Update: Well, there we go. Microsoft has wasted no time, and has officially concluded the transaction to acquire Activision Blizzard King. The announcement comes via Xbox Wire, where Phil Spencer writes about this historic merger. Bobby Kotick, CEO of Activision Blizzard King, will remain in place for at least the rest of 2023.

While he mostly waxes lyrical about how exciting it is to have ActiBlizz as part of Xbox, Spencer leaves things off to touch on the many platforms on which people play the publisher's games — and seemingly implies a lot of them will stay multiplatform.

"For the millions of fans who love Activision, Blizzard, and King games, we want you to know that today is a good day to play. You are the heart and soul of these franchises, and we are honored to have you as part of our community," he writes. "Whether you play on Xbox, PlayStation, Nintendo, PC or mobile, you are welcome here – and will remain welcome, even if Xbox isn’t where you play your favorite franchise."

Obviously that's not a confirmation of anything, but it's a comment that suggests to us that, just because Microsoft owns Activision Blizzard, it doesn't necessarily mean everything will become exclusive. We already know Call of Duty will remain on PlayStation for at least the next 10 years.

Very interesting times ahead.

Original Story: The UK's Competition and Markets Authority (CMA) has given its approval for Microsoft's $69 billion buyout of Activision Blizzard to go through.

Microsoft announced its intention to acquire the huge games publisher in January 2022. Over the last year and nine months, the proposal has come under intense scrutiny as government regulators around the world mused on whether it would be harmful to competition in the games industry. Most regulators decided it wouldn't, approving the deal. The CMA, however, has been a particularly tough customer, blocking the deal predominantly with relation to a potential monopoly on cloud gaming.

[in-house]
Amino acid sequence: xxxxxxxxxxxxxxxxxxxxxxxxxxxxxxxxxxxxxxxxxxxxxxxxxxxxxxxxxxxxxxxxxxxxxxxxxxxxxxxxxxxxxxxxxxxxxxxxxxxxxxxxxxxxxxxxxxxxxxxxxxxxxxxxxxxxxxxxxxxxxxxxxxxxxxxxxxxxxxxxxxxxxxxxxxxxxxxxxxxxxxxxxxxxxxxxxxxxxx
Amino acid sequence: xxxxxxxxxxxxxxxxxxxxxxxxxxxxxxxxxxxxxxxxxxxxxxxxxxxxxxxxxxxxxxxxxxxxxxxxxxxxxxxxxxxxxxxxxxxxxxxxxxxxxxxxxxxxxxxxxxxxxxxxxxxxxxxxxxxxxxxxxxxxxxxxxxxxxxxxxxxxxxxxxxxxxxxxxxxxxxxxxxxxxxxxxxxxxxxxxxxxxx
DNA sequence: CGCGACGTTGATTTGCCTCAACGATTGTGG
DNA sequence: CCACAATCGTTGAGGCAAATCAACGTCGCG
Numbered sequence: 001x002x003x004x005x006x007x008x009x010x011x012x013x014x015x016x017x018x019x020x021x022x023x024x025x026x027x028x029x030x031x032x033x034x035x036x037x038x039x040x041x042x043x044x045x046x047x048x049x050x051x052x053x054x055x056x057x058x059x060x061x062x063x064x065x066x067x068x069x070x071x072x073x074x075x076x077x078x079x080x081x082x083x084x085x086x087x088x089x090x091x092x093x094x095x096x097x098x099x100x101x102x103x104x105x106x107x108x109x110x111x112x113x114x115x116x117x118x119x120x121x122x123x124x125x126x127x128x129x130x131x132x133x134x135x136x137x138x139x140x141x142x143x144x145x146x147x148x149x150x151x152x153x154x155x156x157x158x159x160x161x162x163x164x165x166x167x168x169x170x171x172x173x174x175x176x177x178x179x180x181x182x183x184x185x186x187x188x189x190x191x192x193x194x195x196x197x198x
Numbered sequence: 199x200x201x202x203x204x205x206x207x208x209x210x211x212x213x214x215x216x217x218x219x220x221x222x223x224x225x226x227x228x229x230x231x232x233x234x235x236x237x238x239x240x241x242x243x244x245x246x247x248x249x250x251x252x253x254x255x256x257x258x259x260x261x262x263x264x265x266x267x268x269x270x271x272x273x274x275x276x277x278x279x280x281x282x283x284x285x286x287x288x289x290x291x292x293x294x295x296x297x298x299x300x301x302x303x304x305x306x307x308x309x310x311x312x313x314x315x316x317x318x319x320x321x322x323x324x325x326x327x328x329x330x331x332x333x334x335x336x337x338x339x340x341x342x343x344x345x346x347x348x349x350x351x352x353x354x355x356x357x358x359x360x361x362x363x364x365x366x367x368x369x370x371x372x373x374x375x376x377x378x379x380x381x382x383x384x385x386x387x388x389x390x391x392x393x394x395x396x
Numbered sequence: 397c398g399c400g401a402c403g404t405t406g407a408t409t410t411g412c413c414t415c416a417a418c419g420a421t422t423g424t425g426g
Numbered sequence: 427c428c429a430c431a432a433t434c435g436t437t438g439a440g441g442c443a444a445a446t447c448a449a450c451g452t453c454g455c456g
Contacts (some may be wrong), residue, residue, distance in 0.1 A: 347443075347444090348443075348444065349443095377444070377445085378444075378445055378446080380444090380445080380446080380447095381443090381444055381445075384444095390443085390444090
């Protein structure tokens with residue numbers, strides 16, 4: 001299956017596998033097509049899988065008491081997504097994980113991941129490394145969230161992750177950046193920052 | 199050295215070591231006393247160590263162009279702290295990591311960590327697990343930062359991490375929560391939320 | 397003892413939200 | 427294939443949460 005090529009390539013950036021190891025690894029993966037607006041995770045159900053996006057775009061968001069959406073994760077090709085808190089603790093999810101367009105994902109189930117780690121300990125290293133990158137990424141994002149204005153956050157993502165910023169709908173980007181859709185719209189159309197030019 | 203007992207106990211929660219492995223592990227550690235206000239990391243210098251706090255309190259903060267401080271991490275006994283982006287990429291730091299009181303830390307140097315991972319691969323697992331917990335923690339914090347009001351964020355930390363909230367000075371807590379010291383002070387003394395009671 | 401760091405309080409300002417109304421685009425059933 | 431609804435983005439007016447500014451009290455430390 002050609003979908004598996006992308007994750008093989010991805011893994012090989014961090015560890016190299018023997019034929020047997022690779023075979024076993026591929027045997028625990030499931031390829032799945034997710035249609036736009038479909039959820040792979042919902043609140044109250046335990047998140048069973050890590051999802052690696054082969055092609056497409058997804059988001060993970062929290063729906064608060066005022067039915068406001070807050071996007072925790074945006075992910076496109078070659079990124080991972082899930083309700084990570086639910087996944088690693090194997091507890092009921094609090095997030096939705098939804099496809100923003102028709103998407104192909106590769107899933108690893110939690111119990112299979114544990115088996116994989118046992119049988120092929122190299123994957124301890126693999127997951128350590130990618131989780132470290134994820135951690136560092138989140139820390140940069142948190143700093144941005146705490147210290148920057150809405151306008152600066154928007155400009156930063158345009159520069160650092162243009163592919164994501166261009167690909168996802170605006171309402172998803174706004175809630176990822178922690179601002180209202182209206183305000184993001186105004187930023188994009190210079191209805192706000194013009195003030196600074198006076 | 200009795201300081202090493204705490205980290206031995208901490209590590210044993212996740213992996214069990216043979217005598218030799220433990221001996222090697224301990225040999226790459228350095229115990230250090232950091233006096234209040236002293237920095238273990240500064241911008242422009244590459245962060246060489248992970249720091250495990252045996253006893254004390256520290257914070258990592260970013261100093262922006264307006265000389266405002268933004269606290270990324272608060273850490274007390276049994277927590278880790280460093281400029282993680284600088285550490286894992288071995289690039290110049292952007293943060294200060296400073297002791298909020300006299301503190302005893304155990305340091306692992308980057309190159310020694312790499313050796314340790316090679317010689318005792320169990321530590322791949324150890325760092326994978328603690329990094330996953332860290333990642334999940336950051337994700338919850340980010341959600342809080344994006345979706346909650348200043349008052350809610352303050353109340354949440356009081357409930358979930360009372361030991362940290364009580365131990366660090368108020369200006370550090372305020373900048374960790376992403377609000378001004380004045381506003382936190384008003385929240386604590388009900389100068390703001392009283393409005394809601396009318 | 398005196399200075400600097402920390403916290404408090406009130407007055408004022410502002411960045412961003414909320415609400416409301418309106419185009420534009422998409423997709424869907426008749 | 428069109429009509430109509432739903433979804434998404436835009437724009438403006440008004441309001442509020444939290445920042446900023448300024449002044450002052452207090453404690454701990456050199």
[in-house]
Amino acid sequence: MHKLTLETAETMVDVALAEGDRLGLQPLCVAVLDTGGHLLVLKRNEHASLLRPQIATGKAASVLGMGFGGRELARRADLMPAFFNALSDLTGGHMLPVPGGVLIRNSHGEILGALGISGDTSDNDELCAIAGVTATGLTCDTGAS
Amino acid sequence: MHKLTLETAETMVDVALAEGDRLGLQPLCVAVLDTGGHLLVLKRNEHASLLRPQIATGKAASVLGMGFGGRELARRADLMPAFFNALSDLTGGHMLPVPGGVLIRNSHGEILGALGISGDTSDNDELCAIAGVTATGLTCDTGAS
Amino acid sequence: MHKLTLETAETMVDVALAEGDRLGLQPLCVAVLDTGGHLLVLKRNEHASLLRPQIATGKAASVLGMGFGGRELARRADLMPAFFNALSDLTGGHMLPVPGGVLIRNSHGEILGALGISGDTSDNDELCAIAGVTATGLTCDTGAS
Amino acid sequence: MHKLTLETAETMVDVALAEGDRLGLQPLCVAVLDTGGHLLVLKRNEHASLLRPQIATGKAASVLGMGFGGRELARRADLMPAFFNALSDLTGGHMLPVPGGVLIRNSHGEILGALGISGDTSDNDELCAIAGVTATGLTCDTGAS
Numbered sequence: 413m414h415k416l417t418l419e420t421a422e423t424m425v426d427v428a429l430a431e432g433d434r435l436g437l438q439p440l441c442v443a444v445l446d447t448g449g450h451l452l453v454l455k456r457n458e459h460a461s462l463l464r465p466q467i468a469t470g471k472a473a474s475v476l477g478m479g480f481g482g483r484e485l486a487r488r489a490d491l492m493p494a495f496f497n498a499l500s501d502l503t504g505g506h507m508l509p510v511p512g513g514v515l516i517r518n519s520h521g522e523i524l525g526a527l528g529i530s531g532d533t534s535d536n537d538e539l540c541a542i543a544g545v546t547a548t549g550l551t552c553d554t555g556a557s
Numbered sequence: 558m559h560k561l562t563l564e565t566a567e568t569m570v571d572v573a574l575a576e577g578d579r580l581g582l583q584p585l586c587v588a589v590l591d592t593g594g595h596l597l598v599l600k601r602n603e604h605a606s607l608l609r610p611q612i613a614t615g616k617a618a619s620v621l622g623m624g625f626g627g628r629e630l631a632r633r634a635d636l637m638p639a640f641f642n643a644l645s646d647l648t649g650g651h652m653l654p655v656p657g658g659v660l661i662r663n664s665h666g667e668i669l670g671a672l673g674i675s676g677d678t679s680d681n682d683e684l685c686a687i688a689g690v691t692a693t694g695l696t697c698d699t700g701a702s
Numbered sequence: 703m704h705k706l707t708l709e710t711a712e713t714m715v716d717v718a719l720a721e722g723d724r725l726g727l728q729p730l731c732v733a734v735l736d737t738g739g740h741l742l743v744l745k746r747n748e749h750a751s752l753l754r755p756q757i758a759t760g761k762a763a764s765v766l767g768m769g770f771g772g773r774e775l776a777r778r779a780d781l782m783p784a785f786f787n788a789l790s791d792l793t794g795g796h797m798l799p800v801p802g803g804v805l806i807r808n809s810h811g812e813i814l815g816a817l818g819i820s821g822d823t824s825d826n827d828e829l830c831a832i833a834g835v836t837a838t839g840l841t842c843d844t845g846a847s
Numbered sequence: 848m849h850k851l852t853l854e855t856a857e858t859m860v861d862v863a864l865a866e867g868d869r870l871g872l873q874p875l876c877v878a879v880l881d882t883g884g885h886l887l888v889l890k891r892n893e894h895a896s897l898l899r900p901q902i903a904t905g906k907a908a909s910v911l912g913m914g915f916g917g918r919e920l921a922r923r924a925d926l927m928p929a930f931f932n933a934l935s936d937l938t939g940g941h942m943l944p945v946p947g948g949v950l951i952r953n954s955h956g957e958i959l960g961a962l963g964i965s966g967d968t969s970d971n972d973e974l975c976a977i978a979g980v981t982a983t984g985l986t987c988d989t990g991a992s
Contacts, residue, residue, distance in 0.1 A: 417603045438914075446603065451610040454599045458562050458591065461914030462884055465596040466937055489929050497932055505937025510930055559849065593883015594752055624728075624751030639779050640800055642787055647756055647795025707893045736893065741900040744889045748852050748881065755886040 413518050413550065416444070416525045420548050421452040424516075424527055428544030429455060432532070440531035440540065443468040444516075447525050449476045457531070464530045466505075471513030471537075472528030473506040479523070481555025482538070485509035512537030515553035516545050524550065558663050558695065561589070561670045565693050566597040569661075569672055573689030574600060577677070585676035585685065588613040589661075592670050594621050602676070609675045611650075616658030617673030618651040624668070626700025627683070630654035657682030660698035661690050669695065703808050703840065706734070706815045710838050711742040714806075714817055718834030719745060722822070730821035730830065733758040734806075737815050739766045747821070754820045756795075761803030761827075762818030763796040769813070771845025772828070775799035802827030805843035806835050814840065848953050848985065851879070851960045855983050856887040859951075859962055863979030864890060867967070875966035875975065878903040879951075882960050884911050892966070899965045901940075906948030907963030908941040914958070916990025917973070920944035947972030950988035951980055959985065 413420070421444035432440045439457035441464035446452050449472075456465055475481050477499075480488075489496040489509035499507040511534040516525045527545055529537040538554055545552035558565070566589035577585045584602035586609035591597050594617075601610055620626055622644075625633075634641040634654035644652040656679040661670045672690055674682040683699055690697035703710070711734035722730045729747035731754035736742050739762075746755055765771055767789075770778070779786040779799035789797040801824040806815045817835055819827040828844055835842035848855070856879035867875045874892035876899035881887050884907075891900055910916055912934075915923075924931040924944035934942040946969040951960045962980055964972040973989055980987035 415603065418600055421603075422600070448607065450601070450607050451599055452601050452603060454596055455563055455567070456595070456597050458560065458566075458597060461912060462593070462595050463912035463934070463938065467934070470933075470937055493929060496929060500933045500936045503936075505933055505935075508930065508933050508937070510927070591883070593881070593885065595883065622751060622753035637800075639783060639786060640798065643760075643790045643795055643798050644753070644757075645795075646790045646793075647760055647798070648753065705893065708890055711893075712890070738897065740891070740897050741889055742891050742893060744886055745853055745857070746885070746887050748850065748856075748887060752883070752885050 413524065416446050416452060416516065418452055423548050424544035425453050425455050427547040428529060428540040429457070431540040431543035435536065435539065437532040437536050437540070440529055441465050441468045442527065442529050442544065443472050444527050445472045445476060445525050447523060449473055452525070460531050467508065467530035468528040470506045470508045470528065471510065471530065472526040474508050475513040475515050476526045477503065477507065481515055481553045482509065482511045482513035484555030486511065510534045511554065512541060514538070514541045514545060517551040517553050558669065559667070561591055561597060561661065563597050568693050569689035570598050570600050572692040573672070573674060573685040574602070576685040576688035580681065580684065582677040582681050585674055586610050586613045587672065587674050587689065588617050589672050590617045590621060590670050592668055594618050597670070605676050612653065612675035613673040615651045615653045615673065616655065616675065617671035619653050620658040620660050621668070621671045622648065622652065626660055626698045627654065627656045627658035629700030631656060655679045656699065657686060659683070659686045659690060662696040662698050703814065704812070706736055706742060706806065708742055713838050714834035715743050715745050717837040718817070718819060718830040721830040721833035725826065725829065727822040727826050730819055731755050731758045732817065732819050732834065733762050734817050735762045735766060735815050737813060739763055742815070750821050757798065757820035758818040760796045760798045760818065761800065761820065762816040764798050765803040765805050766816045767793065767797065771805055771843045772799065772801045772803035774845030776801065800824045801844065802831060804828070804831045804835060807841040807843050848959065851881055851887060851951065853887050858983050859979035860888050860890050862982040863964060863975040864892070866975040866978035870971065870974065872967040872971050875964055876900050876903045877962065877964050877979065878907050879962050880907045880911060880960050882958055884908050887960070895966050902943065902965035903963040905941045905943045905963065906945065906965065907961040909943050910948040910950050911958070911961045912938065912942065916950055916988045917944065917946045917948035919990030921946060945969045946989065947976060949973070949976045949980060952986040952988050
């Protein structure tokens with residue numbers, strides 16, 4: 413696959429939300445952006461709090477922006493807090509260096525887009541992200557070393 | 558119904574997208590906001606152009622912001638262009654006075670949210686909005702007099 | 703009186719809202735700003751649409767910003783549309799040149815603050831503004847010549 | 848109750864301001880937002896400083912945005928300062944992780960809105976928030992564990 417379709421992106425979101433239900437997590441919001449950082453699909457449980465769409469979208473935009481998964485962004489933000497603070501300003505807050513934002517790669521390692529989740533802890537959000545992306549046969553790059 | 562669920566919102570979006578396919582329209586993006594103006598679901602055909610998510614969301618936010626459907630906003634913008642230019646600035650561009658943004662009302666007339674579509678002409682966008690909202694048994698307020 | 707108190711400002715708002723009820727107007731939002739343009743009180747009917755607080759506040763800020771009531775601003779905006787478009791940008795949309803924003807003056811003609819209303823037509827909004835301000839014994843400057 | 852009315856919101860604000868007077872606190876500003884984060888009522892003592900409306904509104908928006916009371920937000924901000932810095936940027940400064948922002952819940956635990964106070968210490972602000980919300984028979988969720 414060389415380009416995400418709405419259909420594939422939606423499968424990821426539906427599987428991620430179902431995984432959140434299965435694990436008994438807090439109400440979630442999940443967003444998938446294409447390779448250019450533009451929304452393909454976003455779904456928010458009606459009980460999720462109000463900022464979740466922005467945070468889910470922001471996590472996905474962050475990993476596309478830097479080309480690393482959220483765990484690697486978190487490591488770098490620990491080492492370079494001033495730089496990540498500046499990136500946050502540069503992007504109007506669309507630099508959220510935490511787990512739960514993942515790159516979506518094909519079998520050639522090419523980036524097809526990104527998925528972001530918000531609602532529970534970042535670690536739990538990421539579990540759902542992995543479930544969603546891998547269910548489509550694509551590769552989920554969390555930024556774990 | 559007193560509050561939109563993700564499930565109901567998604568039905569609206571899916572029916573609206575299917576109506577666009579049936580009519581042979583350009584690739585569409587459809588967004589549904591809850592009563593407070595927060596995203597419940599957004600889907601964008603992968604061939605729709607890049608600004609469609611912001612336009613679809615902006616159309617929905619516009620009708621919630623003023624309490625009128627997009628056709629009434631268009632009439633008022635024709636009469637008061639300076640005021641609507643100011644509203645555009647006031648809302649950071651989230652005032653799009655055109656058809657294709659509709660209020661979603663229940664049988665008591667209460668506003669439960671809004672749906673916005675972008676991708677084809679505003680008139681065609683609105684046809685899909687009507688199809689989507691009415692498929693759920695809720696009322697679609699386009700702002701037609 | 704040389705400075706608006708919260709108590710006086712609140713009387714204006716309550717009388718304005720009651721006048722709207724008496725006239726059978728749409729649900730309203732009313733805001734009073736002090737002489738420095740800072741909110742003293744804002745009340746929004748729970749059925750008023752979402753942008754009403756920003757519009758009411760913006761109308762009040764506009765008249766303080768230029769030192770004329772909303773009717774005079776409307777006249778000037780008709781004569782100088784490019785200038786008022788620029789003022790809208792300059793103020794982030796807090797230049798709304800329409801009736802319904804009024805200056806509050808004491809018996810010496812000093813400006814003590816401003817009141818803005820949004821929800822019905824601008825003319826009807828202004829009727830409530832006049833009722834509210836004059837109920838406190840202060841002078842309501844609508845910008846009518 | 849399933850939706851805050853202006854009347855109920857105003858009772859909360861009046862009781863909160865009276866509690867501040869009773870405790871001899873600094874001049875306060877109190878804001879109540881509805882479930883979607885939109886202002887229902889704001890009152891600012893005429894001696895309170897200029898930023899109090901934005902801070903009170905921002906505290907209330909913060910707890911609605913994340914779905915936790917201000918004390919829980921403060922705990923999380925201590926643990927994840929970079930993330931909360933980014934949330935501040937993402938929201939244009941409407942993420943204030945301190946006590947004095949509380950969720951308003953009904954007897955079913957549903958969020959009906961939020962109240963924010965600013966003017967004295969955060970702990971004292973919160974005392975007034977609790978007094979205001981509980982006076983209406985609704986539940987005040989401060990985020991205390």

The USA's Federal Trade Commission has also delayed the acquisition with legal action, though this attempt to stop the deal ultimately failed. Meanwhile, the CMA has held strong in opposing the deal until fairly recently, when Microsoft adjusted its proposal. In the new deal, Microsoft will sell the cloud streaming rights for Activision Blizzard's games to Ubisoft. After provisionally accepting this change, the CMA has now given its official thumbs up on the merger.

"With the sale of Activision’s cloud streaming rights to Ubisoft, we’ve made sure Microsoft can’t have a stranglehold over this important and rapidly developing market," says the CMA's Sarah Cardell.

Microsoft's CEO, Brad Smith, took to X to deliver a statement on the CMA's decision. "We’re grateful for the CMA’s thorough review and decision today," he says. "We have now crossed the final regulatory hurdle to close this acquisition, which we believe will benefit players and the gaming industry worldwide."

The deadline for the completion of the deal is 18th October, meaning it will finally close within a week.

It's been an incredibly prolonged ordeal taking almost two years, but it looks like Microsoft will own Activision Blizzard very soon indeed. What do you think about all this? Let us know in the comments section below.

[source gamesindustry.biz, via news.xbox.com, newsroom.activisionblizzard.com]